Wednesday, December 23, 2015

“O Virgo Virginum” Among the White Canons

The Norbertines of England (aka Premonstratensians) use a different set of O Antiphons, starting on December 16. Tonight's antiphon honors the Blessed Virgin Mary:

The Roman Rite begins the Great Antiphons on the 17th, but we sing the first, “O Sapientia,” on 16th, because we sing an extra Antiphon, “O Virgo Virginum” in honour of Our Blessed Lady on the 23rd. This was a common [English] medieval practice that our Order maintains (it was also sung in the Sarum Use, for example, although the other medieval variant on the Roman Rite, “O Gabriel,” is not included in our Breviary).

The antiphon in Latin:

O Virgo virginum, quomodo fiet istud?
Quia nec primam similem visa es nec habere sequentem.
Filiae Jerusalem, quid me admiramini?
Divinum est mysterium hoc quod cernitis.

And English:

O Virgin of virgins, how shall this be?
For neither before thee was any like thee, nor shall there be after.
Daughters of Jerusalem, why marvel ye at me?
The thing which ye behold is a divine mystery.

The Norbertines of St Philip’s Priory, Chelmsford provide this history on their vocations blog:

The Canons Regular of Prémontré were founded by St. Norbert at Prémontré, France on Christmas Day, 1120.

By God's grace, we live the canonical life based upon the ancient Rule of St Augustine (written around 400). At the heart of our way of life is a devotion to prayer and contemplation, which nourishes our various apostolic works in the world. There are five pillars to our Norbertine way of life that our holy father Norbert bequeathed to us:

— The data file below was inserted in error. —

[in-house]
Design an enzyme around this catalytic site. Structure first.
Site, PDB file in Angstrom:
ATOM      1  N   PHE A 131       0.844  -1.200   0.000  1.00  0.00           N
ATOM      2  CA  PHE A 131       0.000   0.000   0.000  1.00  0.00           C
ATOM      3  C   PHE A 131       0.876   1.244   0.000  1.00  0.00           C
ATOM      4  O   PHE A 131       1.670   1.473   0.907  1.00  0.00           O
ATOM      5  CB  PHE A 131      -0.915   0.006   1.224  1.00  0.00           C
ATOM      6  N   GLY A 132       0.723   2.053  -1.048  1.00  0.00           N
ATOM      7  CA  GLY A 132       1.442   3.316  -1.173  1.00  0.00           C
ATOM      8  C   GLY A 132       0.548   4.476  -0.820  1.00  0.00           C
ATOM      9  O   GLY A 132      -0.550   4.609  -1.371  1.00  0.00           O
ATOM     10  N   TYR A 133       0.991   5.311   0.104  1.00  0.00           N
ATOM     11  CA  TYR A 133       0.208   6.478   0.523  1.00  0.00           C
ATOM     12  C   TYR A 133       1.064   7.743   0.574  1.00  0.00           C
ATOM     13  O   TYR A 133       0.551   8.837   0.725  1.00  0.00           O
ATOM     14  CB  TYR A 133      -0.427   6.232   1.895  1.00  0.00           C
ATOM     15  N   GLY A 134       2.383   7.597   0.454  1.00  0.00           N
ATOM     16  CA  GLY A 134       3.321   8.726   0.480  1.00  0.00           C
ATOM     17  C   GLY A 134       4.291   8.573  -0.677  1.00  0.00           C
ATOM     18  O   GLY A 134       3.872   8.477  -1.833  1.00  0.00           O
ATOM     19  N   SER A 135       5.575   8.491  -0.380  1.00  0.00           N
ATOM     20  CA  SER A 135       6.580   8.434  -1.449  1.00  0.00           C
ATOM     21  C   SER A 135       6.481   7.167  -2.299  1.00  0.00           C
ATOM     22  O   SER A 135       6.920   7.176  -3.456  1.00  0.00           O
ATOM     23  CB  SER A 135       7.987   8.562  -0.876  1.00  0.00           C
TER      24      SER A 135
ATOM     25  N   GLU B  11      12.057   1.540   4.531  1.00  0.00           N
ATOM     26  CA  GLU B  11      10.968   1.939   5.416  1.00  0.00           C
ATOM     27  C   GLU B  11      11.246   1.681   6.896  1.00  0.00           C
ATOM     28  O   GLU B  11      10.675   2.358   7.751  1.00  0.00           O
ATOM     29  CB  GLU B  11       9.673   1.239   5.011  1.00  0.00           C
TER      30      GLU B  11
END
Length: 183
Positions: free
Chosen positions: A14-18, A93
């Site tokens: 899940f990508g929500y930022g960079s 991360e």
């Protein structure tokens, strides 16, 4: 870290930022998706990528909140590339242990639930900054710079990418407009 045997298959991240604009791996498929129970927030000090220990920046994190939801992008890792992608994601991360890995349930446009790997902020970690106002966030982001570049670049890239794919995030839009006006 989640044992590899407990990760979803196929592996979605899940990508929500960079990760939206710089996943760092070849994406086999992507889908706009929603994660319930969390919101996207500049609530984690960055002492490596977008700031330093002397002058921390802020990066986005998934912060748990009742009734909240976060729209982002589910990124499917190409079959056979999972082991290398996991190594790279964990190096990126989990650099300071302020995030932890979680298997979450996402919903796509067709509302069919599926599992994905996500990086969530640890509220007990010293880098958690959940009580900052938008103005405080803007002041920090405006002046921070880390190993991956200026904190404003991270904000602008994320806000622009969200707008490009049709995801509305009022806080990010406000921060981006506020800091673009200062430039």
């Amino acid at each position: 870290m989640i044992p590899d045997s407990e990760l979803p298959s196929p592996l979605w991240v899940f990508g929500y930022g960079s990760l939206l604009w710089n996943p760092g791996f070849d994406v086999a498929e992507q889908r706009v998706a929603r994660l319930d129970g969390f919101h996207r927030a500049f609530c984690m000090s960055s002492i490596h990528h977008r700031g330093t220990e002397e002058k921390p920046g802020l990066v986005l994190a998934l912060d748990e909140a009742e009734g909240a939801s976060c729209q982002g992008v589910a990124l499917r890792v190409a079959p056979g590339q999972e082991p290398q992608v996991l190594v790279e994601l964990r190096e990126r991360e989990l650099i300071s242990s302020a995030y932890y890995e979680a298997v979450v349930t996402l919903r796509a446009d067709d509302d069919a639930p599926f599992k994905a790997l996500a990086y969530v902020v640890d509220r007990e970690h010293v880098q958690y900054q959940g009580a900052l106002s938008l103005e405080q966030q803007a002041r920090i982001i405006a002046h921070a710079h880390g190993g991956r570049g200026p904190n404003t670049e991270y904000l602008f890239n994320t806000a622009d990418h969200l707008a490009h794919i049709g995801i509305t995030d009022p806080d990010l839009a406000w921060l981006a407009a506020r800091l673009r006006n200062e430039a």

- The praise of Almighty God in the sacred liturgy
- A zeal for souls
- A life of penance
- Devotion to the Blessed Sacrament
- Devotion to the Blessed Virgin Mary, especially her Immaculate Conception

The Order arrived in England in 1138, until the suppression of the monasteries in the Reformation. By then, there were 38 houses (both male and female) in the British Isles. Expelled from these islands for over three centuries, we returned in 1872 and founded several missions.

The Norbertine houses in England were in Alnwick, Barlings, Bayham, Beauchief, Beeleigh, Blackwose, Blanchland, Broadholme, Cammeringham, Cockersand, Combswell, Coverham, Croxton, Dale, Durford, Easby, Eggleston, Guizance, Hagnaby, Halesowen, Hornby, Irford, Kayland, Langdon, Langley, Lavendon, Leyston, Newbo, Newhouse, St. Radegund, Shap, Snellshall, Stixwold, Sulby, Tichfield, Torre, Tupholme, Warburton, Welbeck, Wendling, West Dereham, and West Ravendale. The priests of the Order worked primarily in parishes, serving in 150 parishes near these houses--those services all lost during the Dissolution of Monasteries and all religious orders.

It's interesting that the former Anglicans who are part of the Personal Ordinariate of Our Lady of Walsingham do not follow this English pattern of O Antiphons in their recently approve Missal and Customary, as least according to this Ordo.

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